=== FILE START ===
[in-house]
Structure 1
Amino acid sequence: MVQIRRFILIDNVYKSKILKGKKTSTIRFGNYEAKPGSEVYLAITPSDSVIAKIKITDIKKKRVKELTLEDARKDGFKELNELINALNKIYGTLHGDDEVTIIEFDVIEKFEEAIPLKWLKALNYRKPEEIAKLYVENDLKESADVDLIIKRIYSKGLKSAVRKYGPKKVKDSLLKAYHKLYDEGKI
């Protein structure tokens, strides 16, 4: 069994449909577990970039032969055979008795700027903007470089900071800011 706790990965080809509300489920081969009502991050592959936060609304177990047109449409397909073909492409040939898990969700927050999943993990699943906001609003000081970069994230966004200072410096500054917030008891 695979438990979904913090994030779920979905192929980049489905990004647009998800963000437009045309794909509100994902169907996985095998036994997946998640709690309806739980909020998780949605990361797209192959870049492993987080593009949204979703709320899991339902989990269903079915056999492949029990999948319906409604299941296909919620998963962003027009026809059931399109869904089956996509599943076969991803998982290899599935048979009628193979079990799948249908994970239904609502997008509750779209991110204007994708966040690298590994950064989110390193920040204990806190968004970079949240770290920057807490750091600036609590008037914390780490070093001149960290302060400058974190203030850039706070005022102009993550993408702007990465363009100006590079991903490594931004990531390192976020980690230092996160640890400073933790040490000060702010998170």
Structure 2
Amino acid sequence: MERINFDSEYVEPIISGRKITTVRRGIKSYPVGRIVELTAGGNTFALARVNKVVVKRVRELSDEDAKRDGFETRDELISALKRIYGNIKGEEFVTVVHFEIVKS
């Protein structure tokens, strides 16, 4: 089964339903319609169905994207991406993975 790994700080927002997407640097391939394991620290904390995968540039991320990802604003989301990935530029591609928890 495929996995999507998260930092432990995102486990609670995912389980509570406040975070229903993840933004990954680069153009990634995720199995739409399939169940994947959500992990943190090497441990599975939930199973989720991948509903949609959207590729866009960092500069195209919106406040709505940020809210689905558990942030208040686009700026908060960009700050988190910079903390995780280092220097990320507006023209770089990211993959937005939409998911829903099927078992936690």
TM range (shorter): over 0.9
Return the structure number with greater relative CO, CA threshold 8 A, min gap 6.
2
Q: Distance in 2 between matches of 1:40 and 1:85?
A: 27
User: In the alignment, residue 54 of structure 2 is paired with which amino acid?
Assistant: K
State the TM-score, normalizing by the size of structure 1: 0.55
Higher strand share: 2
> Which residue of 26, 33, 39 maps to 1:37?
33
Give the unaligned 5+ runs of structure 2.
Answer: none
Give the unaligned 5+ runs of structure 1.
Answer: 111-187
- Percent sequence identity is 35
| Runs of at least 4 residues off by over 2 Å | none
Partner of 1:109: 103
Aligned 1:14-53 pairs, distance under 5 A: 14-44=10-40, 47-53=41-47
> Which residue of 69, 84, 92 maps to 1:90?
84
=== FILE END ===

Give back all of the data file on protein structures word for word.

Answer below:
[in-house]
Structure 1
Amino acid sequence: MVQIRRFILIDNVYKSKILKGKKTSTIRFGNYEAKPGSEVYLAITPSDSVIAKIKITDIKKKRVKELTLEDARKDGFKELNELINALNKIYGTLHGDDEVTIIEFDVIEKFEEAIPLKWLKALNYRKPEEIAKLYVENDLKESADVDLIIKRIYSKGLKSAVRKYGPKKVKDSLLKAYHKLYDEGKI
């Protein structure tokens, strides 16, 4: 069994449909577990970039032969055979008795700027903007470089900071800011 706790990965080809509300489920081969009502991050592959936060609304177990047109449409397909073909492409040939898990969700927050999943993990699943906001609003000081970069994230966004200072410096500054917030008891 695979438990979904913090994030779920979905192929980049489905990004647009998800963000437009045309794909509100994902169907996985095998036994997946998640709690309806739980909020998780949605990361797209192959870049492993987080593009949204979703709320899991339902989990269903079915056999492949029990999948319906409604299941296909919620998963962003027009026809059931399109869904089956996509599943076969991803998982290899599935048979009628193979079990799948249908994970239904609502997008509750779209991110204007994708966040690298590994950064989110390193920040204990806190968004970079949240770290920057807490750091600036609590008037914390780490070093001149960290302060400058974190203030850039706070005022102009993550993408702007990465363009100006590079991903490594931004990531390192976020980690230092996160640890400073933790040490000060702010998170």
Structure 2
Amino acid sequence: MERINFDSEYVEPIISGRKITTVRRGIKSYPVGRIVELTAGGNTFALARVNKVVVKRVRELSDEDAKRDGFETRDELISALKRIYGNIKGEEFVTVVHFEIVKS
């Protein structure tokens, strides 16, 4: 089964339903319609169905994207991406993975 790994700080927002997407640097391939394991620290904390995968540039991320990802604003989301990935530029591609928890 495929996995999507998260930092432990995102486990609670995912389980509570406040975070229903993840933004990954680069153009990634995720199995739409399939169940994947959500992990943190090497441990599975939930199973989720991948509903949609959207590729866009960092500069195209919106406040709505940020809210689905558990942030208040686009700026908060960009700050988190910079903390995780280092220097990320507006023209770089990211993959937005939409998911829903099927078992936690």
TM range (shorter): over 0.9
Return the structure number with greater relative CO, CA threshold 8 A, min gap 6.
2
Q: Distance in 2 between matches of 1:40 and 1:85?
A: 27
User: In the alignment, residue 54 of structure 2 is paired with which amino acid?
Assistant: K
State the TM-score, normalizing by the size of structure 1: 0.55
Higher strand share: 2
> Which residue of 26, 33, 39 maps to 1:37?
33
Give the unaligned 5+ runs of structure 2.
Answer: none
Give the unaligned 5+ runs of structure 1.
Answer: 111-187
- Percent sequence identity is 35
| Runs of at least 4 residues off by over 2 Å | none
Partner of 1:109: 103
Aligned 1:14-53 pairs, distance under 5 A: 14-44=10-40, 47-53=41-47
> Which residue of 69, 84, 92 maps to 1:90?
84